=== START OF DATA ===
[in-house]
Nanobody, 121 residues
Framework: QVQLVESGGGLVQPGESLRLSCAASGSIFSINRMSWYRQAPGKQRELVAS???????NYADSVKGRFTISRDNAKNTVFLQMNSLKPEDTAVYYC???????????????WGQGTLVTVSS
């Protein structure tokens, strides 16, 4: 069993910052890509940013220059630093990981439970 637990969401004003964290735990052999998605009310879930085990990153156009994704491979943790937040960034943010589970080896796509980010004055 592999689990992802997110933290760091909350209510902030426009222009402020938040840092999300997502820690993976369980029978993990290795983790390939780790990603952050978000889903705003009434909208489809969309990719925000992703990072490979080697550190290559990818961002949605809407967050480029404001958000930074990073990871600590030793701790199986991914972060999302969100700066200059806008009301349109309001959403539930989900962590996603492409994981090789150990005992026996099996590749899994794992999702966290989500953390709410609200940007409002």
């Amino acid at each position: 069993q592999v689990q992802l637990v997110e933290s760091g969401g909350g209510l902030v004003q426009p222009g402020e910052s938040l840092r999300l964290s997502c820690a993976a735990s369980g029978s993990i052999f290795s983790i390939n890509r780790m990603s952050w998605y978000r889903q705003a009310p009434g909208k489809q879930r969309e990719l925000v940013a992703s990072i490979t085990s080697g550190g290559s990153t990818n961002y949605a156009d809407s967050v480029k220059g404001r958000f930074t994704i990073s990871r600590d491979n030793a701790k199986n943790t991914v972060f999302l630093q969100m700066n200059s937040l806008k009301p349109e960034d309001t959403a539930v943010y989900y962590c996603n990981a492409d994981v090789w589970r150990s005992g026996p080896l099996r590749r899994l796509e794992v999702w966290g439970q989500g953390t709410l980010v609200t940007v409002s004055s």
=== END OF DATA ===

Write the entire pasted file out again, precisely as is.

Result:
[in-house]
Nanobody, 121 residues
Framework: QVQLVESGGGLVQPGESLRLSCAASGSIFSINRMSWYRQAPGKQRELVAS???????NYADSVKGRFTISRDNAKNTVFLQMNSLKPEDTAVYYC???????????????WGQGTLVTVSS
């Protein structure tokens, strides 16, 4: 069993910052890509940013220059630093990981439970 637990969401004003964290735990052999998605009310879930085990990153156009994704491979943790937040960034943010589970080896796509980010004055 592999689990992802997110933290760091909350209510902030426009222009402020938040840092999300997502820690993976369980029978993990290795983790390939780790990603952050978000889903705003009434909208489809969309990719925000992703990072490979080697550190290559990818961002949605809407967050480029404001958000930074990073990871600590030793701790199986991914972060999302969100700066200059806008009301349109309001959403539930989900962590996603492409994981090789150990005992026996099996590749899994794992999702966290989500953390709410609200940007409002």
């Amino acid at each position: 069993q592999v689990q992802l637990v997110e933290s760091g969401g909350g209510l902030v004003q426009p222009g402020e910052s938040l840092r999300l964290s997502c820690a993976a735990s369980g029978s993990i052999f290795s983790i390939n890509r780790m990603s952050w998605y978000r889903q705003a009310p009434g909208k489809q879930r969309e990719l925000v940013a992703s990072i490979t085990s080697g550190g290559s990153t990818n961002y949605a156009d809407s967050v480029k220059g404001r958000f930074t994704i990073s990871r600590d491979n030793a701790k199986n943790t991914v972060f999302l630093q969100m700066n200059s937040l806008k009301p349109e960034d309001t959403a539930v943010y989900y962590c996603n990981a492409d994981v090789w589970r150990s005992g026996p080896l099996r590749r899994l796509e794992v999702w966290g439970q989500g953390t709410l980010v609200t940007v409002s004055s």